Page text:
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The Apocalypse Explained - Feret, O.P.
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Author:  Admin [ Thu Jul 11, 2013 5:48 am ]
Post subject:  The Apocalypse Explained - Feret, O.P.

I've been reading this lately and it's outstanding. If you think that The Apocalypse makes little sense, is incredibly dense and confusing, and is only of interest to people who are impatient to know the future, then this is the book for you. To my mind it feels exactly like a key, unlocking this incredible book and laying open its secrets.

http://www.marianland.com/romancatholic ... ained.html

Author:  Mike [ Sat Jul 13, 2013 6:08 am ]
Post subject:  Re: The Apocalypse Explained - Feret, O.P.

John Lane wrote:
I've been reading this lately and it's outstanding. If you think that The Apocalypse makes little sense, is incredibly dense and confusing, and is only of interest to people who are impatient to know the future, then this is the book for you. To my mind it feels exactly like a key, unlocking this incredible book and laying open its secrets.

http://www.marianland.com/romancatholic ... ained.html


Thanks for the recommendation, John. I just ordered it. The Apocalypse has been on my mind recently, so I am looking forward to reading this book.

Author:  Admin [ Mon Jul 15, 2013 10:47 am ]
Post subject:  Re: The Apocalypse Explained - Feret, O.P.

Mike, I'm sure you'll appreciate it.

Here's a little taste.
Quote:
For the moment, the Beast and his agents may appear to triump. He triumphs in this Sodom of pleasure and corruption, in this Egypt of servitude, where our Saviour also was crucified and rendered the supreme and effective testimony. It is a satanic triumph. Great rejoicing over the debris of a Church that appears to be destroyed; its destruction seems to be irreparable. The spoils are exhibited in public places; shrines are converted into museums of anti-religious art, and the inhabitants of the earth, believing that they have at last shaken off the mentors whose attentions had so troubled them, rejoice in their freedom and congratule one another.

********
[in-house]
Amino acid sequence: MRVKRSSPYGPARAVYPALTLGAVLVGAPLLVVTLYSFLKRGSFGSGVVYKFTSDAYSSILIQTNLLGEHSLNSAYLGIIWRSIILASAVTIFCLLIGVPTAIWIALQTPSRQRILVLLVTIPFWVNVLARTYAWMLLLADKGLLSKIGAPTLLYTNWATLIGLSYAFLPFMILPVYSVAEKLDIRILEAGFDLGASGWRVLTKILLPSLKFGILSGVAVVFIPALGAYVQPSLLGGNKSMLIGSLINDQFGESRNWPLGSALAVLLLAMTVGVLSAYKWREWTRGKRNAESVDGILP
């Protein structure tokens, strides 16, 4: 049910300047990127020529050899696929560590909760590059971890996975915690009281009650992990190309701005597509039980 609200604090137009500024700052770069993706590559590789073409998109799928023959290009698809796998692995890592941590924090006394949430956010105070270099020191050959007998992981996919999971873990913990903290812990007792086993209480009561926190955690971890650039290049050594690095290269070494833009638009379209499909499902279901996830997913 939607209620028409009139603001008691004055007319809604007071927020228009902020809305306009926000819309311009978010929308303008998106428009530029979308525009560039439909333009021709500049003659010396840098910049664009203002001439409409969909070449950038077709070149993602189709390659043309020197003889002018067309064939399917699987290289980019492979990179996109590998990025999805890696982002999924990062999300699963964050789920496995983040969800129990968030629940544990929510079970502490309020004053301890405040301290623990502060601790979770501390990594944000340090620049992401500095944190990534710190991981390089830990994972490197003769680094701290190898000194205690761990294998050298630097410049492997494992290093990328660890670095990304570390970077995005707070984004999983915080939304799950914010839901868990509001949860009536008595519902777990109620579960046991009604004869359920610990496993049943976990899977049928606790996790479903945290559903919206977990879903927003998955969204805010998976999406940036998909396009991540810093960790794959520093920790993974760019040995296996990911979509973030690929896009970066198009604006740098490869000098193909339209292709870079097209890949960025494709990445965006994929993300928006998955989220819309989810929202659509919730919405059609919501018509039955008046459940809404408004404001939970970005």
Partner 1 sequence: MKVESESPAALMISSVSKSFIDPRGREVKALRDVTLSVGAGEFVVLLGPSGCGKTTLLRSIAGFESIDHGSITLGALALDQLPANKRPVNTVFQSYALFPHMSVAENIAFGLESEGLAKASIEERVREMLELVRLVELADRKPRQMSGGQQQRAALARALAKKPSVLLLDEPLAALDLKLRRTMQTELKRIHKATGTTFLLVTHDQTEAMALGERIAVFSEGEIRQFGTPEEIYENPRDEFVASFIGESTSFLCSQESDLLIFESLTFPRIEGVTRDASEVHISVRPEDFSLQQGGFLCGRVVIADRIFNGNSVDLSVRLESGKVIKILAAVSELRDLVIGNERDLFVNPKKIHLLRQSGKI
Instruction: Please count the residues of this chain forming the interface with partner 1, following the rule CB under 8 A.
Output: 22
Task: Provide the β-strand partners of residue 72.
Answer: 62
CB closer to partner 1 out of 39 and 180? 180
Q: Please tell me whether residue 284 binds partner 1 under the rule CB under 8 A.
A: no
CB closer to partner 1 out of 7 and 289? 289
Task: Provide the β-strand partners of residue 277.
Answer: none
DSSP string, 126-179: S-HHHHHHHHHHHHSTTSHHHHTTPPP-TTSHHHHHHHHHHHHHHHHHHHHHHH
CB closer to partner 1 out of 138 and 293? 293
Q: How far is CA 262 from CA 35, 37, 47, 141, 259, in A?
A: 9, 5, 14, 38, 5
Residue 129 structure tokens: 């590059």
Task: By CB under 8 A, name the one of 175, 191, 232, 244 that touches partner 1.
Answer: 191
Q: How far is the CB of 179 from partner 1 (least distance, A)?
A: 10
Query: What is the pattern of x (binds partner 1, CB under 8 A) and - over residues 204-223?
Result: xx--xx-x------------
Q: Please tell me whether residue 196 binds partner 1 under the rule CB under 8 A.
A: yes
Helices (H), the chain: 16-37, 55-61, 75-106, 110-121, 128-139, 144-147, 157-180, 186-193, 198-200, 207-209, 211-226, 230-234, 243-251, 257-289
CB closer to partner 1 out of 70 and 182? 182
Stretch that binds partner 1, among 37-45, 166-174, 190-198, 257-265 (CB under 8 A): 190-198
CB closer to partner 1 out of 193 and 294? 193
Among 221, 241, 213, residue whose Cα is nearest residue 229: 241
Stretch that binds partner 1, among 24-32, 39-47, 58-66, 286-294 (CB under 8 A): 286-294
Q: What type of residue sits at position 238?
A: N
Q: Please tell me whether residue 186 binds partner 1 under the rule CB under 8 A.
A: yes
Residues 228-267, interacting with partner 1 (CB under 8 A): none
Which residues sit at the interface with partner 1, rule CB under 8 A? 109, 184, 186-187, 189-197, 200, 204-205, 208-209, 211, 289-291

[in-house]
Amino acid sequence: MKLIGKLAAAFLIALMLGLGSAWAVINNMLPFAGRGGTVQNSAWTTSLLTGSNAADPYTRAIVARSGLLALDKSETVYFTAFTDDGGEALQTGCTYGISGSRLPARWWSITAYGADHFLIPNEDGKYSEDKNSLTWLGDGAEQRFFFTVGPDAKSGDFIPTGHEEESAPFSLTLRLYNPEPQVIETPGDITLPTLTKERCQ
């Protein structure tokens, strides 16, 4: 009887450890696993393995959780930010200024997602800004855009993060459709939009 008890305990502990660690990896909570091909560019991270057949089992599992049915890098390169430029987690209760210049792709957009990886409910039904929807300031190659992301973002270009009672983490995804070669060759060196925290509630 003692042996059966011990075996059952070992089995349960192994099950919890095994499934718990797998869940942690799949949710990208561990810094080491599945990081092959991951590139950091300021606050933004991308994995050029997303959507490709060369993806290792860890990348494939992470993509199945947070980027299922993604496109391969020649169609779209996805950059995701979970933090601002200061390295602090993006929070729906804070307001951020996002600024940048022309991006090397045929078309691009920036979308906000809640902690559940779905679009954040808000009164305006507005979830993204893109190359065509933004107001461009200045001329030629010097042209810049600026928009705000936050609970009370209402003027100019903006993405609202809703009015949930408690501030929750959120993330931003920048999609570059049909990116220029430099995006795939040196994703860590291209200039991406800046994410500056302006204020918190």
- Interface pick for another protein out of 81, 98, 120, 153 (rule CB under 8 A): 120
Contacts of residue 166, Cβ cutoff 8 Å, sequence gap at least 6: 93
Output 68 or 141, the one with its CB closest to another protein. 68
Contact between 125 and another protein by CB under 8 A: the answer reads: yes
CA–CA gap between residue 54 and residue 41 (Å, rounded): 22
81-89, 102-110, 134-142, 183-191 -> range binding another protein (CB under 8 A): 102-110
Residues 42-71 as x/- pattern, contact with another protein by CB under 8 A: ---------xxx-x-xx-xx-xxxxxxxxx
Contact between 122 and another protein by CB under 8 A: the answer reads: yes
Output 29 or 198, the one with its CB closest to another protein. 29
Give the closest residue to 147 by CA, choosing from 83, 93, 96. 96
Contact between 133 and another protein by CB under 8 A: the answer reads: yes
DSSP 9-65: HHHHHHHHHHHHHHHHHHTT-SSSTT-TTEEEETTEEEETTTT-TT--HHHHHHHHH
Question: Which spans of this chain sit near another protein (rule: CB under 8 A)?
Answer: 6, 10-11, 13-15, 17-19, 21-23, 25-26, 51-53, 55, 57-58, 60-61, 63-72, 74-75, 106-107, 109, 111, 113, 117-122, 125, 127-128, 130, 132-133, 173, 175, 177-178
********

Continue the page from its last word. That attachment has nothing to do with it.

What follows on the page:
One of the things Feret explains is the reason for much of the mysterious imagery - the need to inspire hope to the persecuted churches without adding to the fire of persecution by making it easy for the Roman Empire to identify itself in the texts which predict its destruction. So it's written in a kind of loose and rather open code, easily understood by those for whom it was written - first century Christians with a great deal of Old Testament cultural knowledge and sympathy - but not by the persecutors. This insight alone - along with the explanations of the specific meaning of the various images - is worth the price of the book. One feels as though the scales have dropped off one's eyes. I'm completely convinced that he is right in this insight. It's actually obvious once you've read and pondered his arguments.

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